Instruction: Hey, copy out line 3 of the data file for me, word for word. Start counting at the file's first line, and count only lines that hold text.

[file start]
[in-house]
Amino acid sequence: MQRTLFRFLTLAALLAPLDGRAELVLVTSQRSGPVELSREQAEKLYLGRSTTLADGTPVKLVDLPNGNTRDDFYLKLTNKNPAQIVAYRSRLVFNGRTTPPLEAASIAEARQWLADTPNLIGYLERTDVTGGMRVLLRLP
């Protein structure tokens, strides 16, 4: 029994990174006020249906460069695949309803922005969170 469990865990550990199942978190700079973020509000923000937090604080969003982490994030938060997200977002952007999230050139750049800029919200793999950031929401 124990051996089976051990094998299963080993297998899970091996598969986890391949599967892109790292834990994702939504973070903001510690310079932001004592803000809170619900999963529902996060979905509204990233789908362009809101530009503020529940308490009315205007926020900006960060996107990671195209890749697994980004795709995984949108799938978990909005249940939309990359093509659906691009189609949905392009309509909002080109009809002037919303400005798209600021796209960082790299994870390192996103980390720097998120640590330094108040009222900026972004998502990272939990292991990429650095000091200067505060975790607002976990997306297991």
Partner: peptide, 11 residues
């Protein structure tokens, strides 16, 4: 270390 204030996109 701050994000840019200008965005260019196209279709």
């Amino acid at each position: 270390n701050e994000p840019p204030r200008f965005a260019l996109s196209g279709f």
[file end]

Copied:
């Protein structure tokens, strides 16, 4: 029994990174006020249906460069695949309803922005969170 469990865990550990199942978190700079973020509000923000937090604080969003982490994030938060997200977002952007999230050139750049800029919200793999950031929401 124990051996089976051990094998299963080993297998899970091996598969986890391949599967892109790292834990994702939504973070903001510690310079932001004592803000809170619900999963529902996060979905509204990233789908362009809101530009503020529940308490009315205007926020900006960060996107990671195209890749697994980004795709995984949108799938978990909005249940939309990359093509659906691009189609949905392009309509909002080109009809002037919303400005798209600021796209960082790299994870390192996103980390720097998120640590330094108040009222900026972004998502990272939990292991990429650095000091200067505060975790607002976990997306297991």